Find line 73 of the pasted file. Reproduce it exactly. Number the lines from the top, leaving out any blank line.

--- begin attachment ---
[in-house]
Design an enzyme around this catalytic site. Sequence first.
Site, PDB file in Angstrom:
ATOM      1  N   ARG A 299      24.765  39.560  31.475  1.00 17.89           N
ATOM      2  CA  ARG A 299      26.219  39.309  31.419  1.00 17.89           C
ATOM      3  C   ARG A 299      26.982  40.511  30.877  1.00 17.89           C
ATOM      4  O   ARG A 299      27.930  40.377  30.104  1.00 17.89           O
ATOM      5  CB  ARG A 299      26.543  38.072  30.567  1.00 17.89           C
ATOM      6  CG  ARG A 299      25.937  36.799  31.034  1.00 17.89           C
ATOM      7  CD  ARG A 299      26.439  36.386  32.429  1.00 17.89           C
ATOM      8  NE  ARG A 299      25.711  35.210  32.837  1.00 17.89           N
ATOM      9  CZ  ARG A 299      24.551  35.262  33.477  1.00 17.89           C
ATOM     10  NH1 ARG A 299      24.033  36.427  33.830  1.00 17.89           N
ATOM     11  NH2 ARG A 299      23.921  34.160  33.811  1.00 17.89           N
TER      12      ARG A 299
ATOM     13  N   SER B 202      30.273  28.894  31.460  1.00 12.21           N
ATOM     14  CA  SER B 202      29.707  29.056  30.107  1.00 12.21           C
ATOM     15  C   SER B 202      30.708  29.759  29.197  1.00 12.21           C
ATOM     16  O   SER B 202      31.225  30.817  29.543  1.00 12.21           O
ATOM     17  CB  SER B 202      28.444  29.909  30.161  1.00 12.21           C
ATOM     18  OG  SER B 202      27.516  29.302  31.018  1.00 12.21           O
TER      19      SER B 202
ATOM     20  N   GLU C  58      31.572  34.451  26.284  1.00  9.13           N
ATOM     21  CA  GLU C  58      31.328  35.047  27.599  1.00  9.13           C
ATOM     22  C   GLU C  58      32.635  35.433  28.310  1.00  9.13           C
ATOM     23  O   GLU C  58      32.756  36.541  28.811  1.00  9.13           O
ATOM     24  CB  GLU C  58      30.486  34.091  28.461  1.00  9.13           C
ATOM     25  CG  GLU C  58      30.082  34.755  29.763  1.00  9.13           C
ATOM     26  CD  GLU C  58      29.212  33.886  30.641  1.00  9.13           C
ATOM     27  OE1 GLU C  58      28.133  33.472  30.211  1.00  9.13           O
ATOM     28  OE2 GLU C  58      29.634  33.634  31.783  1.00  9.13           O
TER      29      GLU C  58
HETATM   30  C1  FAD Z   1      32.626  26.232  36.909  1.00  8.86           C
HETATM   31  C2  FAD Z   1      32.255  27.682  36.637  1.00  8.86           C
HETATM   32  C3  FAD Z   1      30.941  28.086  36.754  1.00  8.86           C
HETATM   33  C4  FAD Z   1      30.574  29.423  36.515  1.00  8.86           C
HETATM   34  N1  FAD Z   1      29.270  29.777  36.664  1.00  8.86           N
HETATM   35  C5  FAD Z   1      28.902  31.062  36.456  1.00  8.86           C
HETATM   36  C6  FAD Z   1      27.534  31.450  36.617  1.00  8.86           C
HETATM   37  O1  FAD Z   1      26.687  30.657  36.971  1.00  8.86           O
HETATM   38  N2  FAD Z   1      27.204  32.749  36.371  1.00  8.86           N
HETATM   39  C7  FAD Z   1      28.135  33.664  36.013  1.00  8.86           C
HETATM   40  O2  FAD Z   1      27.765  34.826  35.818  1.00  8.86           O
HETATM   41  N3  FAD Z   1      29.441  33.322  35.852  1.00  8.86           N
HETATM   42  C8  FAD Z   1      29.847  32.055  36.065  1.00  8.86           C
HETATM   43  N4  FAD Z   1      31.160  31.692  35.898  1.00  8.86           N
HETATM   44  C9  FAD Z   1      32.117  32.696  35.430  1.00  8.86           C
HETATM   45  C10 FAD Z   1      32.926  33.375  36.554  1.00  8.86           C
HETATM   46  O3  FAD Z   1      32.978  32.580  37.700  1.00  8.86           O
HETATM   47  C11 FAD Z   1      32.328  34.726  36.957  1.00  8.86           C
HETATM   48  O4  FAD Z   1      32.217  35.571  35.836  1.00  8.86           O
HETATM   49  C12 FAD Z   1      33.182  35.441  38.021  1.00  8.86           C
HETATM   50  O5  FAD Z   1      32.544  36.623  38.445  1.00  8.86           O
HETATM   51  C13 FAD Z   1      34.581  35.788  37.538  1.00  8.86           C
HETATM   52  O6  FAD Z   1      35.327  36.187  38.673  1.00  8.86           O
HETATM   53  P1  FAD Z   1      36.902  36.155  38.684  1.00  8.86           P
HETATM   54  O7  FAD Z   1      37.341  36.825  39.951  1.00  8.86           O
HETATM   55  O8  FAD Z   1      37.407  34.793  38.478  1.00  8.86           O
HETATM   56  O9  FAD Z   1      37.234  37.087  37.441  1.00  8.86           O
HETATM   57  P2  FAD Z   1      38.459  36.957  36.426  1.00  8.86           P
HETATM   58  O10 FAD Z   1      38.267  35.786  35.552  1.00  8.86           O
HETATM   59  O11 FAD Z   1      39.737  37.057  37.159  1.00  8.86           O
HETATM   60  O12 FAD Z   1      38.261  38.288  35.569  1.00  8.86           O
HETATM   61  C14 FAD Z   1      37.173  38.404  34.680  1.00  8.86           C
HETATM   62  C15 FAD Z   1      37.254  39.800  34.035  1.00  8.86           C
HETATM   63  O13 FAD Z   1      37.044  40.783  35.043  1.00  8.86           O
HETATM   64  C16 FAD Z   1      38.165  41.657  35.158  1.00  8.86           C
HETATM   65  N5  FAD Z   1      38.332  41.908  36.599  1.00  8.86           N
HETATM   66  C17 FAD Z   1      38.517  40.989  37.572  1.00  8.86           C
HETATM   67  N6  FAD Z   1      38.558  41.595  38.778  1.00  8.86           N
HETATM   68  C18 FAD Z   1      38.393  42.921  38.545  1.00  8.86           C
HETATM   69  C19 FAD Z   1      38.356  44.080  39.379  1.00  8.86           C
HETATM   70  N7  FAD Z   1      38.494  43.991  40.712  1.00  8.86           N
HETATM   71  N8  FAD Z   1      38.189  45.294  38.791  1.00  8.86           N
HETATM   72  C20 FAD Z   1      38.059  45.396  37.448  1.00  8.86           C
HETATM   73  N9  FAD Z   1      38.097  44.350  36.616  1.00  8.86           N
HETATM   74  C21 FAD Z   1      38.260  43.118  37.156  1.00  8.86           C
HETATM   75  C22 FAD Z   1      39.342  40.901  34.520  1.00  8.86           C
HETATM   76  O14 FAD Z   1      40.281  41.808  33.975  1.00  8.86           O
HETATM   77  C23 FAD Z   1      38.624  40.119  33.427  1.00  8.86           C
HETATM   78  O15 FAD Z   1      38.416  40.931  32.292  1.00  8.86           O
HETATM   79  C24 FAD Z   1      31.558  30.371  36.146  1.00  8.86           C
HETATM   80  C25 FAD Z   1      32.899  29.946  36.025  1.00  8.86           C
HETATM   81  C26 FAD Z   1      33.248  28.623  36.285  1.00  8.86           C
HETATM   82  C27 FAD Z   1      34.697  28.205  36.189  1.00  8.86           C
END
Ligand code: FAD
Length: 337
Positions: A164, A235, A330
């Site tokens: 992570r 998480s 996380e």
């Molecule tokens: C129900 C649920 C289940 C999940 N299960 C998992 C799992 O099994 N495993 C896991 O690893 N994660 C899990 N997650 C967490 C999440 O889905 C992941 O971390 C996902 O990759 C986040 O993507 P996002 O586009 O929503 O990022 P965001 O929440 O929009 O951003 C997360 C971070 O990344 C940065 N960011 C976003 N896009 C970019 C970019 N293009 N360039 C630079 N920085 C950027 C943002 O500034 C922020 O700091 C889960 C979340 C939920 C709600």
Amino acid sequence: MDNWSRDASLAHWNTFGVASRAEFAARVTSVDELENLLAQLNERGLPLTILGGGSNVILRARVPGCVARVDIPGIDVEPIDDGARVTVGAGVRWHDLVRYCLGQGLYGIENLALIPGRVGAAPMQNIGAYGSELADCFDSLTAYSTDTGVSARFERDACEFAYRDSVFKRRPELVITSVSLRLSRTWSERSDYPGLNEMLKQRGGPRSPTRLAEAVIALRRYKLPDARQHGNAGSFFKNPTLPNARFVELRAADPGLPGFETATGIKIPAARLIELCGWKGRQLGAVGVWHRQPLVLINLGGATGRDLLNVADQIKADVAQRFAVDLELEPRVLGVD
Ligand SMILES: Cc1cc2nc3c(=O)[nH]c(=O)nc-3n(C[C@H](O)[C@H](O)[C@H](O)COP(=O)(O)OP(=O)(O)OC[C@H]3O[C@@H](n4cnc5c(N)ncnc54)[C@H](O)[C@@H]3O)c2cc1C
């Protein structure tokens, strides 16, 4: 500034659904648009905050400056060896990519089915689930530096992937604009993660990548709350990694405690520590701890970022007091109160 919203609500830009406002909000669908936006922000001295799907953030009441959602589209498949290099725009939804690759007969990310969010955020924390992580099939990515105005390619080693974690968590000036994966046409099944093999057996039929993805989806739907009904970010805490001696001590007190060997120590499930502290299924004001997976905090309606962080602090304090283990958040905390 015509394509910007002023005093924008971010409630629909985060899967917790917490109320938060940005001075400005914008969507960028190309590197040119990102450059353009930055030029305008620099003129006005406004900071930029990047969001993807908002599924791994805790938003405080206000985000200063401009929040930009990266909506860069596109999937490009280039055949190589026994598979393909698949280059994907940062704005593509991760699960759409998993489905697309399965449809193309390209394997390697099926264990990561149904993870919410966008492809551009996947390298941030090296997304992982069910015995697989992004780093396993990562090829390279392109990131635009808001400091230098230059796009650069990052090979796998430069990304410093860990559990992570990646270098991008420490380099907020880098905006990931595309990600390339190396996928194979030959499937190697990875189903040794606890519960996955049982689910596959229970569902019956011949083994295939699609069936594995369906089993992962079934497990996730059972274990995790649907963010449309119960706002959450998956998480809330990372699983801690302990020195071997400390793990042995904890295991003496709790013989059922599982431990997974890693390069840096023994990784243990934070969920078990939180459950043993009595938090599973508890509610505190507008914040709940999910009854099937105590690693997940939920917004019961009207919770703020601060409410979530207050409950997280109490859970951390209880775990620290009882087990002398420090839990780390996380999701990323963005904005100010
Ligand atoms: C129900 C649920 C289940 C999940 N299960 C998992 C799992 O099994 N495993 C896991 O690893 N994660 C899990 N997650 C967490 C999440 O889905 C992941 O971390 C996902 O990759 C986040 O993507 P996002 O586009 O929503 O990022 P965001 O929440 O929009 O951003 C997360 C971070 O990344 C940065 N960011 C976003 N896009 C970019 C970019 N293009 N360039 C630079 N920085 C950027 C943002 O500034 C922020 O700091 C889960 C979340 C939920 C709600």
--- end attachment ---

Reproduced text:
HETATM   70  N7  FAD Z   1      38.494  43.991  40.712  1.00  8.86           N